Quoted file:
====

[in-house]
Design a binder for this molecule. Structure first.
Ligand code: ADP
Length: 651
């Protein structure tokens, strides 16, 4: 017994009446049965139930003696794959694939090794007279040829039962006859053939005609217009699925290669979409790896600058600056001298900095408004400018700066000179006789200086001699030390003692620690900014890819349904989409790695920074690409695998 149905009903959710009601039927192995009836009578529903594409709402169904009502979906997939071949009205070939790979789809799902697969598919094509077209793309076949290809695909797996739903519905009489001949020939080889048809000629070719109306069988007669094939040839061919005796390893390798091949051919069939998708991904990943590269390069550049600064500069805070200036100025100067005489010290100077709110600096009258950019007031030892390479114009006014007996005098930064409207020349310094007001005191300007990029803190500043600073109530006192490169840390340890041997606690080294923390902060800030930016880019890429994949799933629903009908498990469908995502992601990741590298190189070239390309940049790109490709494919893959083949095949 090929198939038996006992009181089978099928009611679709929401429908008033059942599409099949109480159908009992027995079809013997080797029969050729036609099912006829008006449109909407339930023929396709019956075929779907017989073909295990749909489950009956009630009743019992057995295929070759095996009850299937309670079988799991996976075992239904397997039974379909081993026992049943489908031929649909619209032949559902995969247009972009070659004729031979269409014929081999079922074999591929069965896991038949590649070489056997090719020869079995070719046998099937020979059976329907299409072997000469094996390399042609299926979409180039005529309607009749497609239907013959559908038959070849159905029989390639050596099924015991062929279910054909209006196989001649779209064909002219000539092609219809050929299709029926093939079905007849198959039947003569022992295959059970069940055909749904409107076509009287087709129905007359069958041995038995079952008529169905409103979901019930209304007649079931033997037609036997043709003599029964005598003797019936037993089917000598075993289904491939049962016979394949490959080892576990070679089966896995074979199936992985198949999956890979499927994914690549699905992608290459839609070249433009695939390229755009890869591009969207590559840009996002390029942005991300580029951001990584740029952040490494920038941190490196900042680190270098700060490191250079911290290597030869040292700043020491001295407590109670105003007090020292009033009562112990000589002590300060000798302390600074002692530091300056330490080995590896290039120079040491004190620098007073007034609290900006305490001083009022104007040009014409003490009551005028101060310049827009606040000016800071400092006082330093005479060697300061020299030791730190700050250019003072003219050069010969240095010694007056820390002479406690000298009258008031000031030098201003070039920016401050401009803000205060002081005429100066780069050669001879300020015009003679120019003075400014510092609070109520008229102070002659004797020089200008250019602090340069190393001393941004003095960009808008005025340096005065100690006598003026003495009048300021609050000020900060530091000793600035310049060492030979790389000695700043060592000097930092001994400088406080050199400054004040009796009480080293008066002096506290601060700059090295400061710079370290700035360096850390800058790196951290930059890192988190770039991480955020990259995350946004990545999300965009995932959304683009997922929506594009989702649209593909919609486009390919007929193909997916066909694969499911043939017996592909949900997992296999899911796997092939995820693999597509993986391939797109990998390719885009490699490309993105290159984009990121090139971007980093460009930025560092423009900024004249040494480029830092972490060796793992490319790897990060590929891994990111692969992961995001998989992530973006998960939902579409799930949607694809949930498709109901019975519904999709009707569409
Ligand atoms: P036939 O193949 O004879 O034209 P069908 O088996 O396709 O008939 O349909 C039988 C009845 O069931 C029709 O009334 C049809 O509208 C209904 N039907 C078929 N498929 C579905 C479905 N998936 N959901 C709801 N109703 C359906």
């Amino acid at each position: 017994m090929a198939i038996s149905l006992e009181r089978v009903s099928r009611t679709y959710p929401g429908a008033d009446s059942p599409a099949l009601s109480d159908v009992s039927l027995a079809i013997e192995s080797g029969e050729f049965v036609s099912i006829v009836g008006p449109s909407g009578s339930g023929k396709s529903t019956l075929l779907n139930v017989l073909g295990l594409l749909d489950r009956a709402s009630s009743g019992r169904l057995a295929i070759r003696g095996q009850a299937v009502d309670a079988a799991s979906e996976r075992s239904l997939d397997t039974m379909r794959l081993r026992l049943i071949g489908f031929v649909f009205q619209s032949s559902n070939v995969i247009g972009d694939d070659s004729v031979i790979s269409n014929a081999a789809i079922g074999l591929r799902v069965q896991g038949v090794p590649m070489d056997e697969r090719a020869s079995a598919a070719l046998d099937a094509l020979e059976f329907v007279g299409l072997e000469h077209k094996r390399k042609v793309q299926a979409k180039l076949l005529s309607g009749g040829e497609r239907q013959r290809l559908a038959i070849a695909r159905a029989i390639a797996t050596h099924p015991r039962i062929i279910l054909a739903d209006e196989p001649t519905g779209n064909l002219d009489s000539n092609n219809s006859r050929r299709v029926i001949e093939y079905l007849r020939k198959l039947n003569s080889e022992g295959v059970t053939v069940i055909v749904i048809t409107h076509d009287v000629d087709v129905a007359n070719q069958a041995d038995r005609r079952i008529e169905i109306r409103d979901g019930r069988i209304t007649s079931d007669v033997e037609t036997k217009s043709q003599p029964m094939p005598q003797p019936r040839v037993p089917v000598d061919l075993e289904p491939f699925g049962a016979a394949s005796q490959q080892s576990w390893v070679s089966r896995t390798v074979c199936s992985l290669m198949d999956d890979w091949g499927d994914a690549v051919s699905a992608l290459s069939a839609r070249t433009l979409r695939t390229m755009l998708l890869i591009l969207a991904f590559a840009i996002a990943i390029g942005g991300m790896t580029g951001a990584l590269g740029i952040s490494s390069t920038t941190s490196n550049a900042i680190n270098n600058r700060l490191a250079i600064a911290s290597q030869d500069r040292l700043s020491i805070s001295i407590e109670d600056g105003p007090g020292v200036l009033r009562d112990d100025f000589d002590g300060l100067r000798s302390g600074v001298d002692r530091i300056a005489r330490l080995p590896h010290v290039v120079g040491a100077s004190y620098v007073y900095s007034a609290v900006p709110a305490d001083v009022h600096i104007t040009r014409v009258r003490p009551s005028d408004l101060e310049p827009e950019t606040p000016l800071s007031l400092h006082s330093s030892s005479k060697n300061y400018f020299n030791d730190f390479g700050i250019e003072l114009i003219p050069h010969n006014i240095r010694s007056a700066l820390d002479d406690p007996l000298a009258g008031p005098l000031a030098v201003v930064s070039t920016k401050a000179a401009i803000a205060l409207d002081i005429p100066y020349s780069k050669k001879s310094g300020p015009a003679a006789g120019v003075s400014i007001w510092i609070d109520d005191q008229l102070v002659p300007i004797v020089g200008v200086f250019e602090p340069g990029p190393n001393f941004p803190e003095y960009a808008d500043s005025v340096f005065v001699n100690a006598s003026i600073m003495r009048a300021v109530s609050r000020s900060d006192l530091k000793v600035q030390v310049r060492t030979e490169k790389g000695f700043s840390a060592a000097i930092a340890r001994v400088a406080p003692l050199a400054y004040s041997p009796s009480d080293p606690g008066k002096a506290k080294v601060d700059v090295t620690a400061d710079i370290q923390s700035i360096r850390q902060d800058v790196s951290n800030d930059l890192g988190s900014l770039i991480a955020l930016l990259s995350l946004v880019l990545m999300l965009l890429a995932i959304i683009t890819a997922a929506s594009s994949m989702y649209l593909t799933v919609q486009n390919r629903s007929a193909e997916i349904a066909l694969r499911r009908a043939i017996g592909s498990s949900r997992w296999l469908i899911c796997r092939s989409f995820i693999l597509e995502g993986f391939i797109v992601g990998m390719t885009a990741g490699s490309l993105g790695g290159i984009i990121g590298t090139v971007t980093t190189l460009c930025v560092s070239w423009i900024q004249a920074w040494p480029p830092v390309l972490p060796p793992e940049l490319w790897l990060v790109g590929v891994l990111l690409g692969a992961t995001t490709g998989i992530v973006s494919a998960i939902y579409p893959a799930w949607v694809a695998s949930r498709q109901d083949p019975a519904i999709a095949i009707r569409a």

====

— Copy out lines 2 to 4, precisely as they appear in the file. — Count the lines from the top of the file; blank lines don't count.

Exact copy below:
Design a binder for this molecule. Structure first.
Ligand code: ADP
Length: 651